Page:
5 Reasons Why ‘Bridgerton’ Is Better Than ‘The Duke And I’


We’ve heard about it; we’ve binged it; we’re still obsessing over it. Bridgerton was released on Christmas Day and was immediately a hit – in fact, Netflix claims that 82 million households have watched the show. Viewers have clearly enjoyed the sexy, luxurious, and extravagant world produced by Chris Van Dusen and Shonda Rhimes, and everyone is now looking forward to a second series, which was confirmed on 21 January.

But what do we know about the best-selling books that inspired the show? The series created by Julia Quinn comprises of eight books, each of which focuses on the romantic adventures of one of the Bridgerton siblings. Season one is mainly based on the first novel, The Duke and I, which narrates the love story of Miss Daphne Bridgerton (portrayed in Bridgerton by Phoebe Dynevor) and the Duke of Hastings, Simon Basset (Regé-Jean Page).

As many people know, film or TV adaptations do not often do justice to the books they are based on (yes, Percy Jackson, I am talking about you). However, having read The Duke and I and watched Bridgerton back-to-back, I was pleasantly surprised to find that the TV show was actually more interesting and enjoyable than the novel, and, by comparing the first season to its source material, there are five reasons why this is the case.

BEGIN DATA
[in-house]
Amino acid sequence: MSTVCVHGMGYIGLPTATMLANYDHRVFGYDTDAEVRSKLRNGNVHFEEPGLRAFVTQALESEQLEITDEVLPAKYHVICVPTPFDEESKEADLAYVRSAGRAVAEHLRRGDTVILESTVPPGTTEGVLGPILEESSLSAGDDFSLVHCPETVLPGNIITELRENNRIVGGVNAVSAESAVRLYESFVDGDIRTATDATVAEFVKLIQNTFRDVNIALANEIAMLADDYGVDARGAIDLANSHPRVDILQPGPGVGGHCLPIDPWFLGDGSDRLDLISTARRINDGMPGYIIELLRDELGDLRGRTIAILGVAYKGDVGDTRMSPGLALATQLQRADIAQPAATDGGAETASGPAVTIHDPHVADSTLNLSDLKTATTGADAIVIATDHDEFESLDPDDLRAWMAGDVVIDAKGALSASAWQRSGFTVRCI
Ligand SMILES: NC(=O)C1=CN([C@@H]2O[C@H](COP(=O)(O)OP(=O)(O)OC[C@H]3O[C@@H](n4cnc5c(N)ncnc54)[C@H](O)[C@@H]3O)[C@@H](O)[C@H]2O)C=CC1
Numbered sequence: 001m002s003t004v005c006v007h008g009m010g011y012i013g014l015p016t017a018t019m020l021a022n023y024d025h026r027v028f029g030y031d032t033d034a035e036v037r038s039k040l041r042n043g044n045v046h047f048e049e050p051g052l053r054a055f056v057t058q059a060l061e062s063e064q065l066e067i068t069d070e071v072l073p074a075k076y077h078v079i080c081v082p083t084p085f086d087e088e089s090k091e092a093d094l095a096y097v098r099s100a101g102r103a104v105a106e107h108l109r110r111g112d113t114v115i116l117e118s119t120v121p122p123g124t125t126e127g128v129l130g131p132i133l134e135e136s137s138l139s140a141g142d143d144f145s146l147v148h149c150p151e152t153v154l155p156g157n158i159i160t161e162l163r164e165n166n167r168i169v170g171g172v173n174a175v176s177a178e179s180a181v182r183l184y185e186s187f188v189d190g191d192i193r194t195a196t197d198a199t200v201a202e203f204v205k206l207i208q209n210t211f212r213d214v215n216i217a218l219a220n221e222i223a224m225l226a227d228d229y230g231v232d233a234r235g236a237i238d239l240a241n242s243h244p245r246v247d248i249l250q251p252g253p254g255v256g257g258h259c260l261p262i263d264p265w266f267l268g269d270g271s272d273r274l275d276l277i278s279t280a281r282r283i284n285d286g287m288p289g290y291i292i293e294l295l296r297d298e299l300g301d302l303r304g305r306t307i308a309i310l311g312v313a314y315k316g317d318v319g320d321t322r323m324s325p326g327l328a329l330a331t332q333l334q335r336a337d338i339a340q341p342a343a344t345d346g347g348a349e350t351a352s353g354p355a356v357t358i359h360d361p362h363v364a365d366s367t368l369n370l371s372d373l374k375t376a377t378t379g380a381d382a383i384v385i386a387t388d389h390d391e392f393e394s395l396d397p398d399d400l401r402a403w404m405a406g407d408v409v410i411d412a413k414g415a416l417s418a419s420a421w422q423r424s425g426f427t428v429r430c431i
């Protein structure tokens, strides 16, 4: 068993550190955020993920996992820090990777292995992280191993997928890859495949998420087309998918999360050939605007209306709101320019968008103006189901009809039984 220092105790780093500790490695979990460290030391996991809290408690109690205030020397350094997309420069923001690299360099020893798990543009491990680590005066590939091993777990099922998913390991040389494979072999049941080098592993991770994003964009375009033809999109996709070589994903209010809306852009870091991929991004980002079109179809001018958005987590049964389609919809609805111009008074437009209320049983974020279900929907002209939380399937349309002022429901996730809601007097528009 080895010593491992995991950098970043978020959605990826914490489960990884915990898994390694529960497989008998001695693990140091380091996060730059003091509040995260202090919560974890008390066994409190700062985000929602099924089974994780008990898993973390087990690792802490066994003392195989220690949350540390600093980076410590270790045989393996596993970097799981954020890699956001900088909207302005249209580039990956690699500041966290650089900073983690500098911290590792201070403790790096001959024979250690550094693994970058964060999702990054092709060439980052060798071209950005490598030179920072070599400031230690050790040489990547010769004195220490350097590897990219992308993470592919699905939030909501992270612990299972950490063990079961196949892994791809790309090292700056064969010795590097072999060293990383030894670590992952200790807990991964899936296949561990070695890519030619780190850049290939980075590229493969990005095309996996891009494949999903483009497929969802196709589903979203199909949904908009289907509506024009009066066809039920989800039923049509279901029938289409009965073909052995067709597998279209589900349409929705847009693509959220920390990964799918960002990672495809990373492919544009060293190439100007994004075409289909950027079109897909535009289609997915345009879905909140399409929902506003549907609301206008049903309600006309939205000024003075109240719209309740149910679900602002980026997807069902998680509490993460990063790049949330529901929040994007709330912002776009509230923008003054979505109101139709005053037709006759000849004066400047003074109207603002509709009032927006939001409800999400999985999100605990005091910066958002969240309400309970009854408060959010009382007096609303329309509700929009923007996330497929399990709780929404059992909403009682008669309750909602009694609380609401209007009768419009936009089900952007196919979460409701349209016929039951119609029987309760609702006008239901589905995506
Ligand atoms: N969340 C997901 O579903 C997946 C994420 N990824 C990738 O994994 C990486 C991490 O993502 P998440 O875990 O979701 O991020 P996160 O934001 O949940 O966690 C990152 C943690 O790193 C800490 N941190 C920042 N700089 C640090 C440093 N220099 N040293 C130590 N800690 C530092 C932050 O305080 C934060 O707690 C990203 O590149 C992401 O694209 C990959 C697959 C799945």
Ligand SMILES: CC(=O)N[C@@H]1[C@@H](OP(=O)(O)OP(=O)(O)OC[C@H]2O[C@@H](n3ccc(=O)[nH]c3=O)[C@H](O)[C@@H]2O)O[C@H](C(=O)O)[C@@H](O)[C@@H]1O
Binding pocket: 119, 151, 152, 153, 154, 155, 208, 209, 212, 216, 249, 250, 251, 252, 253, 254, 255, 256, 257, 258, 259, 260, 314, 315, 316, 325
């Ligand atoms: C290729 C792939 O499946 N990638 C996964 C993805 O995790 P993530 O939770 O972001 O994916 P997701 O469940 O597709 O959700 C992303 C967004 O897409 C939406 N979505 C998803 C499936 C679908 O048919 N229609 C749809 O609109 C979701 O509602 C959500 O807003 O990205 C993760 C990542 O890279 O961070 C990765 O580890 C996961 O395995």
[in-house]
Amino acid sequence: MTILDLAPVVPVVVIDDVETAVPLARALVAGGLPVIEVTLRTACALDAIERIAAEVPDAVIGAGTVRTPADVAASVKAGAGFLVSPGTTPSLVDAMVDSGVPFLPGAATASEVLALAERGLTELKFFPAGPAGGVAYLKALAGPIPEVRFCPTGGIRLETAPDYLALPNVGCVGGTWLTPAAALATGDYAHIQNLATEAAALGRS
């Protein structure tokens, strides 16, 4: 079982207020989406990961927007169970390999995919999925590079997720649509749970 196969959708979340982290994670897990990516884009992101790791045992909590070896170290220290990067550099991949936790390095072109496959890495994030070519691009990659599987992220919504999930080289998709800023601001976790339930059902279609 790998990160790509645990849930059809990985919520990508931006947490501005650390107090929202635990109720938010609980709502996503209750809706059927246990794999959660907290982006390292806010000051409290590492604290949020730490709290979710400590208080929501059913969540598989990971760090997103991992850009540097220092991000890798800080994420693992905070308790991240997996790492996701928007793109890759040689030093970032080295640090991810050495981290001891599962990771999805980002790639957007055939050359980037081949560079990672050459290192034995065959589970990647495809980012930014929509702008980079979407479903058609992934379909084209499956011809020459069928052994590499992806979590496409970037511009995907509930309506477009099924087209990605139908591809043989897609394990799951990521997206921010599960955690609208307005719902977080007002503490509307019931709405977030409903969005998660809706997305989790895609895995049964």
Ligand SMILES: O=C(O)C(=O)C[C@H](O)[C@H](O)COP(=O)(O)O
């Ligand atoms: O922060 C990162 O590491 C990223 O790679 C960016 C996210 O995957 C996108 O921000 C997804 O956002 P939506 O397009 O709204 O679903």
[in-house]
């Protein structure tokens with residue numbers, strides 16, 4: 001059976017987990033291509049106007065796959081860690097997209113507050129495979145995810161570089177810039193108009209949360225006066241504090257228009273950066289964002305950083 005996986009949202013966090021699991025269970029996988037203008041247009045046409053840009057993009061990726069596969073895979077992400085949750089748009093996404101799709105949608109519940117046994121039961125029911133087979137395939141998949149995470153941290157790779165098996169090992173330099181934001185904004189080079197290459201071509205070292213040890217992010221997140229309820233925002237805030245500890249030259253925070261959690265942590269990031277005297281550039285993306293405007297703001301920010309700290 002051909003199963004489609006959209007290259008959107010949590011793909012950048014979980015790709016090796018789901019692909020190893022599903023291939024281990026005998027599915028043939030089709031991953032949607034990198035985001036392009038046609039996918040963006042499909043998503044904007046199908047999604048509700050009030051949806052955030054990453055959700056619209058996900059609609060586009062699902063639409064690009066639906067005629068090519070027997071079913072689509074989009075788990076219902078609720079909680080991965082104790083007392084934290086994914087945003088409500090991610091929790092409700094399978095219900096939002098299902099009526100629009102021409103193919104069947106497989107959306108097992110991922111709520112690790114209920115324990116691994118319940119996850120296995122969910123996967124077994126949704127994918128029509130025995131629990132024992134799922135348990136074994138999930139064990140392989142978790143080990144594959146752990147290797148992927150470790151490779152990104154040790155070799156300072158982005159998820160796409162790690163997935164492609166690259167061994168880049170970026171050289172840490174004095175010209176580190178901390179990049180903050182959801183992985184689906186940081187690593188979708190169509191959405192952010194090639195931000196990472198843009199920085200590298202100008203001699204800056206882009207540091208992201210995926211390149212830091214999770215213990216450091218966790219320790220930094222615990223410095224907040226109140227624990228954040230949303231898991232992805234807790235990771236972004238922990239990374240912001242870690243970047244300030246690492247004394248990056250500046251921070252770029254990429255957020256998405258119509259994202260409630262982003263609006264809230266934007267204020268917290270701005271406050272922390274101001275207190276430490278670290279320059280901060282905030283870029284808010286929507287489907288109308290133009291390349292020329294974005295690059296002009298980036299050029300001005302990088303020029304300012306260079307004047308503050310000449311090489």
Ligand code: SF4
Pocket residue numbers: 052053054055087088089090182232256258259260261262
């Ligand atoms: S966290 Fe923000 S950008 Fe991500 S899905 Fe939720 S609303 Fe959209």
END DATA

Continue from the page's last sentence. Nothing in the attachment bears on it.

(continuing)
1. Multiple storylines

In The Duke and I, the plot revolves solely around Simon and Daphne, while the other characters play very minor roles. For example, most of Daphne’s siblings are no more than a name on a page, and only have a role in relation to Simon and Daphne’s relationship. This results in a rather tiring narrative, and the unfolding of the central romance is predictable and often repetitive. In Bridgerton, though the focus is mainly on the Duke and the soon-to-be Duchess, each character has their own storyline which is independent of the main love story. Doing so not only keeps the viewers interested and involved, but it also provides details about characters that, otherwise, we would not know very much about.

2. Anthony is a picky brother-in-law

Daphne is described by Quinn as beautiful, smart, and kind, however, in two seasons as a debutante, she has not received one decent marriage proposal. Though it sounds completely unrealistic, it’s apparently because everyone thinks of her as a friend. On the contrary, Bridgerton provides a more credible explanation as to why Daphne, despite all her good qualities that earn her the title of ‘diamond of the season’, struggles to be courted – her eldest brother Anthony (Jonathan Bailey) wants only the best for her and scares all the suitors away.

3. Lady Whistledown

Lady Whistledown (voiced by Julie Andrews) is the great mystery of Bridgerton. Some admire her, most despise her, but everyone wants to know who she is. Lady Whisteldown is a wild card, because no one can predict what she is going to write. Her identity is matter of obsession not only for the people of ‘the Ton’, but also for the viewers; it’s a clever device in keeping people interested and engaged. In The Duke and I, Lady Whistledown is mentioned in the first chapter, but no one seems to care much about who she really is, thus becoming just another name amongst all the other minor characters.